#15/100: Saddle Up

Red's Wrap

Some people who were walking on the trail stopped to watch us slowly ride by, my daughter, granddaughter and me, on our rented horses following Amanda, our guide. They waved at us and told us to have a good time but gave the appearance of finding three women and a 10-year old girl on horses on a horse trail in a part of San Diego County layered with riding stables as something unusual and worth watching.

And immediately, it flashed in my mind that I should somehow tell my granddaughter that this is what makes life the richest – being watched rather than being the watcher. Being on the horse instead of hanging back and thinking that riding a horse is something that only other people do. And maybe I didn’t even have to tell her this. She’d gotten on her horse with no fuss even though she was scared…

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A memo from my friend Thoreau

A sequel to writing in cursive:

passingwindagain

Many years ago, a friend gave me a little book of quotations from Thoreau.  She signed it: “Since Walden seems to be your Bible, I thought you would enjoy,  Love, BH”. My friend was very Catholic, and if I had been, things probably would have worked out. I wouldn’t say it was my Bible, I think that would risk hell and damnation.  It was my conservative evangelical upbringing  – just that Thoreau and to some extent Emerson, always resonated with me. she and I went different directions, but remain friends to this day.  I am happy with my path and I know she is happy with hers.   Thoreau has always given me a path to walk, (not run).  I have been to Walden.  Living among the beautiful lakes of Southeastern Wisconsin, the pond was unimpressive in comparison, but you could feel the solitude, which I have always craved.  Every once…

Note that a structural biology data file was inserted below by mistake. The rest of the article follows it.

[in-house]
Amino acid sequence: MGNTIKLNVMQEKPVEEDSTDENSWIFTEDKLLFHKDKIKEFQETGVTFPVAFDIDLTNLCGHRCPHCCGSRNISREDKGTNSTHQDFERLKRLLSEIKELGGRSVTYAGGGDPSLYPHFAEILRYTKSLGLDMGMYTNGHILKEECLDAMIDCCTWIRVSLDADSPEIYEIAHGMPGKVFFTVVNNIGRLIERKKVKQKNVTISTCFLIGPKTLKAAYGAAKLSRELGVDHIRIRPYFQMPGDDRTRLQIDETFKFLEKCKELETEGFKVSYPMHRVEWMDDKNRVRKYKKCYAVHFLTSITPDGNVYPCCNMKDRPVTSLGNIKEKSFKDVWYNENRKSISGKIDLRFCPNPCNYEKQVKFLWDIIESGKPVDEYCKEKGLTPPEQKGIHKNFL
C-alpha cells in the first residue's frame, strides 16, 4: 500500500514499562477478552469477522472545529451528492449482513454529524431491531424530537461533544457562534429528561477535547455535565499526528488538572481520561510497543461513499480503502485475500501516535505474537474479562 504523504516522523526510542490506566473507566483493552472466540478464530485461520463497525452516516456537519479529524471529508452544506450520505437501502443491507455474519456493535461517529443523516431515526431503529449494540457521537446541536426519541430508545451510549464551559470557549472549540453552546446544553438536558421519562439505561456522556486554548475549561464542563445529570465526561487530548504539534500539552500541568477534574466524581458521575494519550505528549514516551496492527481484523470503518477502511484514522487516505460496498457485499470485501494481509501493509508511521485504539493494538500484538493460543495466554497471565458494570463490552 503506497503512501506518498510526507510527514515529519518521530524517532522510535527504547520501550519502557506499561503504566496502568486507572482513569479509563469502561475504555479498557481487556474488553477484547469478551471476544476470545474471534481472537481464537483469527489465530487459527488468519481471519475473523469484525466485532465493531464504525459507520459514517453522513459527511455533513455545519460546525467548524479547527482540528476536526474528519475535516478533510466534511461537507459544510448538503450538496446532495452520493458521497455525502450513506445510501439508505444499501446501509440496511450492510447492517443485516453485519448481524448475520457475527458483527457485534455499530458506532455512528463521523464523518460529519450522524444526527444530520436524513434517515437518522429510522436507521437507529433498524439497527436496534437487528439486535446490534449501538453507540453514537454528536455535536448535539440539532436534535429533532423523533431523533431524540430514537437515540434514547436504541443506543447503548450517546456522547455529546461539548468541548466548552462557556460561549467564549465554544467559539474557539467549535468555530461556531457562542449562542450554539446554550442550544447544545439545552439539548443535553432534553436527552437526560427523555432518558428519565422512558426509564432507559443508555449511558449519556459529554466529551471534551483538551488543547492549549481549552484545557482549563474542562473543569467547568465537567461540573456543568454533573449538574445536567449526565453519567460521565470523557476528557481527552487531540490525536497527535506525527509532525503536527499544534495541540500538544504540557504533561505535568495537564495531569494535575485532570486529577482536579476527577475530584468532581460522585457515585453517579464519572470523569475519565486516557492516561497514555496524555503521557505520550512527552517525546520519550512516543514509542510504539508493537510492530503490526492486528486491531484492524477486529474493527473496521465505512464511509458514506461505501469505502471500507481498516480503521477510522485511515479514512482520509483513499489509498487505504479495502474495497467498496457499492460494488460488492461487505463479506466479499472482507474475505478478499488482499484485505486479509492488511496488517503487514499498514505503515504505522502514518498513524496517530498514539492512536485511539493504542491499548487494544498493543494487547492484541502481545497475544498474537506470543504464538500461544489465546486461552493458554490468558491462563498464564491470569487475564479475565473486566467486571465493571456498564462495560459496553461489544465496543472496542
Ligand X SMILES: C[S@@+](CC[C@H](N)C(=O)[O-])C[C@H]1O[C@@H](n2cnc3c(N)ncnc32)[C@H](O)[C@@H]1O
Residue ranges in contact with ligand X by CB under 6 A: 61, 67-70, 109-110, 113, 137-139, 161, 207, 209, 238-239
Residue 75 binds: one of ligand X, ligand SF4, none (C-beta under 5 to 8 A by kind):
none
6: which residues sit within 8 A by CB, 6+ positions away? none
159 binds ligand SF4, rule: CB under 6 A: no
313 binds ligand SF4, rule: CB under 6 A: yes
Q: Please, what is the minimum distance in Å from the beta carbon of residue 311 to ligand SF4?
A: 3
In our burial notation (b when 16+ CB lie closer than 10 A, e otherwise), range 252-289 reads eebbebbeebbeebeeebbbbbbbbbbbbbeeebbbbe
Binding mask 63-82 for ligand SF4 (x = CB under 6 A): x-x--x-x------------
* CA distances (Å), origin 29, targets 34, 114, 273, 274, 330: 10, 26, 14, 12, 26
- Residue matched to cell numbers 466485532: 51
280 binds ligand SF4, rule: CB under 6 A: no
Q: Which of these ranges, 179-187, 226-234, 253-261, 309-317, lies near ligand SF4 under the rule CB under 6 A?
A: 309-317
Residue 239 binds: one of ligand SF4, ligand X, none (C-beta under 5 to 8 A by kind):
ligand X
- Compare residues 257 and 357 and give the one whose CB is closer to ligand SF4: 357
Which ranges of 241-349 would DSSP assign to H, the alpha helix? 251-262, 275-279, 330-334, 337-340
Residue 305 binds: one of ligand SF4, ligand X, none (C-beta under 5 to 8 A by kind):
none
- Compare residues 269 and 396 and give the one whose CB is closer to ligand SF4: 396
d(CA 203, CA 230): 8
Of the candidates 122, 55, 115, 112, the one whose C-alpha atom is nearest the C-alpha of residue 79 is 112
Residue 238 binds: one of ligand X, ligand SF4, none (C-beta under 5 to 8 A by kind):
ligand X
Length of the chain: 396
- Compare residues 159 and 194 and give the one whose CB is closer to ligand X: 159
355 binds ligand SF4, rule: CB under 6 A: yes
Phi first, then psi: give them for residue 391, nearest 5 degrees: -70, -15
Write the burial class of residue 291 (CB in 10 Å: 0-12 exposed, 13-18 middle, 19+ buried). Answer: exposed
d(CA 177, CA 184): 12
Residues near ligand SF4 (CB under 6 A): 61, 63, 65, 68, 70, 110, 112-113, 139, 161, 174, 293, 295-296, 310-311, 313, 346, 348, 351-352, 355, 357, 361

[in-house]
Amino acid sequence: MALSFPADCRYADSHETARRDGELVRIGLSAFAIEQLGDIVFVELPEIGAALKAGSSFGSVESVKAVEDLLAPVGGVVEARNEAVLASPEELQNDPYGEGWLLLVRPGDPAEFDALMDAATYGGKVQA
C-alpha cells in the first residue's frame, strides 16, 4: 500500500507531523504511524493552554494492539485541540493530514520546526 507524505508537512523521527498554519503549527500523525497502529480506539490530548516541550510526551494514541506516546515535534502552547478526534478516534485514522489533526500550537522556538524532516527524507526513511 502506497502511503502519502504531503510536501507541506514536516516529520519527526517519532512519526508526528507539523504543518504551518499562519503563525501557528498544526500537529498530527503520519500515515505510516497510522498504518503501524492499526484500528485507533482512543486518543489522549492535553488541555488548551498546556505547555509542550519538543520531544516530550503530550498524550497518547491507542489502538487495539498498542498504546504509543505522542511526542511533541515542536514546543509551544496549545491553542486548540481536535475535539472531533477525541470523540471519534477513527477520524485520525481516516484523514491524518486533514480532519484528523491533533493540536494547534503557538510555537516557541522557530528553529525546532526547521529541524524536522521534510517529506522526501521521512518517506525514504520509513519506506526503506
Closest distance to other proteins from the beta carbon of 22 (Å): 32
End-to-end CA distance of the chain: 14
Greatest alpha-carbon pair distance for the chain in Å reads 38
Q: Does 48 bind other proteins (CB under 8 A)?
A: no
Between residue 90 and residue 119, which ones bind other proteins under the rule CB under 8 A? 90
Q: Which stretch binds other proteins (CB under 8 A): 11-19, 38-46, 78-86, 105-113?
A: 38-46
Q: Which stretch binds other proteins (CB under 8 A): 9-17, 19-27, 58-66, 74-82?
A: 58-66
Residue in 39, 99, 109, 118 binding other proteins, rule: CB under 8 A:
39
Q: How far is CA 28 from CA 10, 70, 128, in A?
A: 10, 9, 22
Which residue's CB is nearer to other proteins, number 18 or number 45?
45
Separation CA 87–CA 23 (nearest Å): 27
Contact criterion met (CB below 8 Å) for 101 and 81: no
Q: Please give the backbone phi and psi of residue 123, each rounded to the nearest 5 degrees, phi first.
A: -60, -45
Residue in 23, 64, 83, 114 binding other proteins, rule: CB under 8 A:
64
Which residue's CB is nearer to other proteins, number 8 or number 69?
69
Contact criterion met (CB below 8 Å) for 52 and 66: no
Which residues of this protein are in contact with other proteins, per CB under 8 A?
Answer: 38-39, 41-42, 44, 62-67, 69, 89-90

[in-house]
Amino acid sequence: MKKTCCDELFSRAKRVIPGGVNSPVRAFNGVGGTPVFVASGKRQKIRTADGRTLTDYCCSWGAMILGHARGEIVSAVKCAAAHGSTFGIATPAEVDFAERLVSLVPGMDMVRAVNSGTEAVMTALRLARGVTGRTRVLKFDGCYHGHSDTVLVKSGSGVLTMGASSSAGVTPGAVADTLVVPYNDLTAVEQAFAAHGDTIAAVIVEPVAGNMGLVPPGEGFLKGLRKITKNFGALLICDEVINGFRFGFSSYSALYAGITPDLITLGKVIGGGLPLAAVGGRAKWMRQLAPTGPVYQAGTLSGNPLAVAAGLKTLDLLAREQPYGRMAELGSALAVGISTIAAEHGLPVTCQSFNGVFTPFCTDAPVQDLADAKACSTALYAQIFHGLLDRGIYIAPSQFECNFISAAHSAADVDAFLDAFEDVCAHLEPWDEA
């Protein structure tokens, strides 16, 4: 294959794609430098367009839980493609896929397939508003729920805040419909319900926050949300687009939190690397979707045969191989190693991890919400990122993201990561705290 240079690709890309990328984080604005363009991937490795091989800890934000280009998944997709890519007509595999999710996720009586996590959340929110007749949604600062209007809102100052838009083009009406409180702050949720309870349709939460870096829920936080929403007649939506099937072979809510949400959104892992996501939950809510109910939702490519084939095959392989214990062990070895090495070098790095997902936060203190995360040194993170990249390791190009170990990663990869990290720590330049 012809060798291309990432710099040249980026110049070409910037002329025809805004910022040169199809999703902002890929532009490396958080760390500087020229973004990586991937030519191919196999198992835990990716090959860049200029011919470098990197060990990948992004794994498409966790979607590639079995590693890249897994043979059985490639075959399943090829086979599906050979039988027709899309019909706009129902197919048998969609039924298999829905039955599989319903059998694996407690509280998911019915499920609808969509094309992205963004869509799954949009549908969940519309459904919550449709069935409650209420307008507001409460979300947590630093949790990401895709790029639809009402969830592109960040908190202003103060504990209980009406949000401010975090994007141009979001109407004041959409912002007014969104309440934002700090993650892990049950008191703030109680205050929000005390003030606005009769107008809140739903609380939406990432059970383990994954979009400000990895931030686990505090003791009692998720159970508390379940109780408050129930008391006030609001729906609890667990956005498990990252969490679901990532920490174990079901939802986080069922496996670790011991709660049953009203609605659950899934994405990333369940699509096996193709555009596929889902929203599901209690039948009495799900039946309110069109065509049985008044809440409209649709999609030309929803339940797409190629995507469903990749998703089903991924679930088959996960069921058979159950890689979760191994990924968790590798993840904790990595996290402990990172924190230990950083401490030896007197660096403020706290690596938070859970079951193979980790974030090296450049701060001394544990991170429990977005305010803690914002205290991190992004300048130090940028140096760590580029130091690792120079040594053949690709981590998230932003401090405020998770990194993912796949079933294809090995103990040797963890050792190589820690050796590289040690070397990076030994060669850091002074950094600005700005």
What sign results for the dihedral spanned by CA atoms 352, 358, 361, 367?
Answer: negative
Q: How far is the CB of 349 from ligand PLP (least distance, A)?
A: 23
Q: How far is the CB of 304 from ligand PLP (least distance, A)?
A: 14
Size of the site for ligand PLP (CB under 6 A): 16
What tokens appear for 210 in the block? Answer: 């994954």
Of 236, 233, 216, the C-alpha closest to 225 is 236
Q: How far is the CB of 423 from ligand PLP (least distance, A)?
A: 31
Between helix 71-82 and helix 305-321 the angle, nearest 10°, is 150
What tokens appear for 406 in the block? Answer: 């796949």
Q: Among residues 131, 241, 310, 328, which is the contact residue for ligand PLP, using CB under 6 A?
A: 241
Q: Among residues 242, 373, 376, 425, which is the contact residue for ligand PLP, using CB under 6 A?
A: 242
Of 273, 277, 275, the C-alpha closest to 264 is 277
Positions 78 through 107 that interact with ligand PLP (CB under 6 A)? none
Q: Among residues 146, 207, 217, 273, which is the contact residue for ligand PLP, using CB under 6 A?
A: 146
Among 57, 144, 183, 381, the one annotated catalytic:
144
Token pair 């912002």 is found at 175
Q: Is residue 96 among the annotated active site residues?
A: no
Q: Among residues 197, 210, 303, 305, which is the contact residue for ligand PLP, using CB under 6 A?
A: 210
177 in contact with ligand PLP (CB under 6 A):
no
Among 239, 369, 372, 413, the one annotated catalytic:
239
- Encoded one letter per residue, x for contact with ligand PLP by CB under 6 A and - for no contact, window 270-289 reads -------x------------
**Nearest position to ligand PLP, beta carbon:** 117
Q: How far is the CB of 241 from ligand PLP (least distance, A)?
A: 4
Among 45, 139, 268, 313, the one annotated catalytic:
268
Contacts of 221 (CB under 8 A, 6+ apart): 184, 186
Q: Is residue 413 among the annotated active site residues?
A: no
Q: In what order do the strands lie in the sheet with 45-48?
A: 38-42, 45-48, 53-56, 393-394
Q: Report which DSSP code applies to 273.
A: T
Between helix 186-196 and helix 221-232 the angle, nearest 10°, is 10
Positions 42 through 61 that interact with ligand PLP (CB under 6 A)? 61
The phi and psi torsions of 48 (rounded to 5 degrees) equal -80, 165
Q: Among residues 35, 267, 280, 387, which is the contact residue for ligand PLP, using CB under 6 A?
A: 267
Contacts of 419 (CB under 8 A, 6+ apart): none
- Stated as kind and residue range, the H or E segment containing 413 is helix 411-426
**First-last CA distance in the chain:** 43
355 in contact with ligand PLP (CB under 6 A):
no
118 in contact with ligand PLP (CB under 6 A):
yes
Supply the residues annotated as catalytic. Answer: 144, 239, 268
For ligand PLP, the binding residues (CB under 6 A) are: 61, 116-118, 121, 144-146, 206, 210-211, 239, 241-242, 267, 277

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Writing Letters is a Lost Art, and now, so is…

…learning cursive! I came home one day to find my grandson and his father huddled over a spiral notebook at the kitchen table. Hud was laboriously practicing the letter H in cursive. IMG_1254 Now in fifth grade, he told me that cursive  is no longer taught in his school, so I credit Sam for insisting that it is important for him to be able to at least sign his own name in script. Granted, his printing is fine and legible, but how can it be that handwriting is no longer a lifetime skill that requires instruction and practice? I don’t get it – makes me wonder what else is being dismissed as time-consuming and irrelevant ? Having been a teacher, I know there are only so many hours in a school day, but I believe handwriting is such a personal thing to develop from the time a child can grasp a pencil that it should not be eliminated from the curriculum. There are some things computers and spell check should not replace. Learning to write in cursive should not be one of them. My Dad was a master of letter writing , and I loved his long newsy pages written in flowing ink, and signed in his own inimitable style. His H’s were near perfect, and with practice, I believe his great grandson’s will be too!